3. In New Zealand a LiDAR analysis introduction course to learn how to manipulate and utilise LiDAR datasets (with a specific focus on forestry derived outputs, such as terrain and vegetation surfaces, vegetation related metrics, through to extracting plot and tree level) is being run the day after the Rotorua conference, on Friday 21st November by Interpine.

The practical workshop is aimed at building on the ForestTECH 2014 conference content and will allow people to start using the technology and understand how to utilise the data. Participants will be using forestry specific LiDAR derived datasets in software such as FurgoViewer, Quick Terrain Modeler, LasTools, Fusion and ESRI ArcMap. Further details can be found by clicking here

So if planning to attend or send staff, ensure you allow plenty of time – and book early. Interest as mentioned is already very high. Full details on the ForestTECH 2014 event for both countries can be found on

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3D printing focus for Wood Innovations 2014 dinners

With technology very much at the fore for the Wood Innovations 2014 programmes running in mid-September, wood treatment and manufacturing companies in New Zealand and Australia will be provided a rare insight into the “New world of 3-D printing” as part of the dinners for both events.

In New Zealand, Johan Potgieter who absolutely wowed delegates at the recent MobileTECH 2014 event in Auckland, will be presenting. Johann is an Associate Professor in Mechatronics and Robotics in the School of Engineering and Advanced Technology at Massey University (Auckland). He’s currently conducting consulting research with HIEFF Engine and Chrysler in Detroit. In addition to being an avid user of additive manufacturing since the mid-90s Johan has a well established reputation for his work in educational robotics - so much so that he has been inducted into the World Robotics Education and Competition (REC) Foundation Hall of Fame.

In Melbourne the following week, Ian Gibson, Professor of Industrial Design at Deakin University, will be presenting. He’s currently spearheading the implementation of the new and ground-breaking Centre for Advanced Design and Engineering Training and calls himself a “3D Printing dinosaur”. Ian started working with the technology way back in 1992 at Nottingham University, where he helped set up the first Rapid Prototyping (as 3DP was called then) research facility in the UK. He’s established a world-class facility in Hong Kong, helped set up the Global Alliance of Rapid Prototyping Associations and has been involved in in the field of tissue engineering and medical applications in Singapore.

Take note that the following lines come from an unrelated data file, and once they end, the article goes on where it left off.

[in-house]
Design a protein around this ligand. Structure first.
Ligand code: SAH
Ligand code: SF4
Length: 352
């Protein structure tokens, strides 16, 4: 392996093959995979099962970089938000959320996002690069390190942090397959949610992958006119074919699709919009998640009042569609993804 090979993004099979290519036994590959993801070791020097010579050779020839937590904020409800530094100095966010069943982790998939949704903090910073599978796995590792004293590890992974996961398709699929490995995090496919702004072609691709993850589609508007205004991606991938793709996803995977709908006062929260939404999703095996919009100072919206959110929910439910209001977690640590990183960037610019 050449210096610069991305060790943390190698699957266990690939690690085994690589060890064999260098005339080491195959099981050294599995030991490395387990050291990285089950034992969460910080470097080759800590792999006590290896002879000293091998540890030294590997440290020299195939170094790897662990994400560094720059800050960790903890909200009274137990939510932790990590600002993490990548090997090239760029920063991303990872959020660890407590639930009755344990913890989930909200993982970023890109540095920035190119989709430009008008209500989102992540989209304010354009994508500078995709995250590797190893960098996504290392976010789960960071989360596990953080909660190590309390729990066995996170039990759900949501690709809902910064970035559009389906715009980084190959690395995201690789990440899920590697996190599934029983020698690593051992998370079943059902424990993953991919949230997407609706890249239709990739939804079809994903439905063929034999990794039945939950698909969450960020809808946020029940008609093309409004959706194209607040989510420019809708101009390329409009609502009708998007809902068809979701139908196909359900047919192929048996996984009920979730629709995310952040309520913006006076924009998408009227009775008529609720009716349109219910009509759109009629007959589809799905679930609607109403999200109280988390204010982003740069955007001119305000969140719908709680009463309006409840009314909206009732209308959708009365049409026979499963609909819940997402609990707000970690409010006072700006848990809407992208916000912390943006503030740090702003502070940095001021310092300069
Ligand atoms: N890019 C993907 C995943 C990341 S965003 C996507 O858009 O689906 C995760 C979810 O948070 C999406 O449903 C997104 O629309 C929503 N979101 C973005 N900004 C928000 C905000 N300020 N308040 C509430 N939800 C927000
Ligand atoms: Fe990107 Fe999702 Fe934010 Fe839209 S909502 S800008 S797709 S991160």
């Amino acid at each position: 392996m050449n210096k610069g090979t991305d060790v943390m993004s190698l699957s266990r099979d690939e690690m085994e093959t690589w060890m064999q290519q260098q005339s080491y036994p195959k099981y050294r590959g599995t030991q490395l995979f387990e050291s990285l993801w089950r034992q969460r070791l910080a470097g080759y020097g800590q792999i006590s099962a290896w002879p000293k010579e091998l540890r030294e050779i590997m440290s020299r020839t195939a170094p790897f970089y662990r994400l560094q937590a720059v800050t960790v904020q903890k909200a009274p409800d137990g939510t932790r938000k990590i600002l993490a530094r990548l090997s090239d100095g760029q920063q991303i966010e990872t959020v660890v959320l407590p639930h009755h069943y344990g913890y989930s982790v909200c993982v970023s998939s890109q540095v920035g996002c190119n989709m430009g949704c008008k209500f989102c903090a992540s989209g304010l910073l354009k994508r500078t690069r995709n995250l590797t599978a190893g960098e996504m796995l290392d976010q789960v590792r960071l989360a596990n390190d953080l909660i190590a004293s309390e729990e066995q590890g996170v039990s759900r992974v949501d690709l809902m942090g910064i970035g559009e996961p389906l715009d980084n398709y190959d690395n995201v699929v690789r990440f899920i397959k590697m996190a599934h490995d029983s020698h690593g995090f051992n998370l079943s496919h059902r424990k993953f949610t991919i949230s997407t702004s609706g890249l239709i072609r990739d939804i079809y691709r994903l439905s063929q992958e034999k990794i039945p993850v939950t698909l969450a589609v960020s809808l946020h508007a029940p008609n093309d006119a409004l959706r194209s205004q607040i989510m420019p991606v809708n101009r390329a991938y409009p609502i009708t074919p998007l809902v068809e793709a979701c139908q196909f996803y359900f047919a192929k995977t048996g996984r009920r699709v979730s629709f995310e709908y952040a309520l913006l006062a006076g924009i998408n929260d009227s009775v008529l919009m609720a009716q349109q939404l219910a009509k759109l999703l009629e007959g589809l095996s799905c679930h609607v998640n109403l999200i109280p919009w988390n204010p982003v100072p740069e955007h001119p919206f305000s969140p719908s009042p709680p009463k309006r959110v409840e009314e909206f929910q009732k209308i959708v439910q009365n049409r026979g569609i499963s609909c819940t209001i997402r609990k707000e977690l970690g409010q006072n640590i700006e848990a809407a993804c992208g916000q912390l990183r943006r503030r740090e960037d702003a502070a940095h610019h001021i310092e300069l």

Both presenters as part of the Wood Innovations 2014 event in mid-September will really open the eyes of local wood manufacturers to the possibilities that exist with 3-D Printing or additive manufacturing. It will have a major impact on this industry in the not so distant future – and could well play a part in your own operation. Full details on the Wood Innovations 2014 even can be found on the event website,

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Log haulage manual now completed

ForestWorks in Australia has been developing a Log Haulage Manual to improve safety standards and best practice operations in the industry. The resource is now complete and available to download from their website.

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NZ lumber market update

Demand for sawn timber in NZ has continued to increase during 2014. Estimates of domestic use of sawn timber can be derived from Ministry for Primary Industries statistics of production, exports and stocks. The data show that domestic sawn timber use was over 600,000m³ during Q2 2014, the first time that this has occurred since Q3 2010, and only the second time in the past six years. However, as production has remained relatively flat and stocks actually rose from Q1 to Q2, it means that the increase in the domestic market for lumber has come at the expense of export earnings, rather than from an overall increase in production.

Overall, sawn timber production for the second quarter was down 1% year-on-year, and 2% up on the five year average for the second quarter. Estimated domestic sawn timber use rose by 30% year-on-year for the second quarter, which was offset by a 26% decline in exports, and a 5% rise in stocks. The largest declines in lumber exports were a 43% drop in exports to China, while exports to South East Asia, Australia and the US were down 10%, 11% and 6% respectively.

The current outlook for sawn timber is for increasing demand for the rest of 2014 and into the start of 2015. With residential housing consents in NZ growing steadily, domestic sawn timber use will continue to increase. There is also growth in US housing starts, which will increase demand for imports there. In the past NZ lumber exports to the US have been closely linked to housing starts there, and this means that with housing starts forecast to grow steadily, there should be increased demand for NZ lumber there too.


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New report out on China Softwood Market

China continues to have the largest impact on regional softwood trade and price development in the Asia Pacific. China's market impact affects us all: forest investors, growers, contractors, processors, traders and infrastructure operators. Poyry believes China will continue to dominate the regional softwood market over the next decade.

For this reason Poyry Management Consulting (Australia) Pty Ltd in collaboration with Poyry (Beijing) Management Consulting Co. Ltd. Shanghai Branch has just completed the latest Poyry insight report: "China Softwood Market: The Real demand drivers and implications for investment and trade". This 103 page report covers: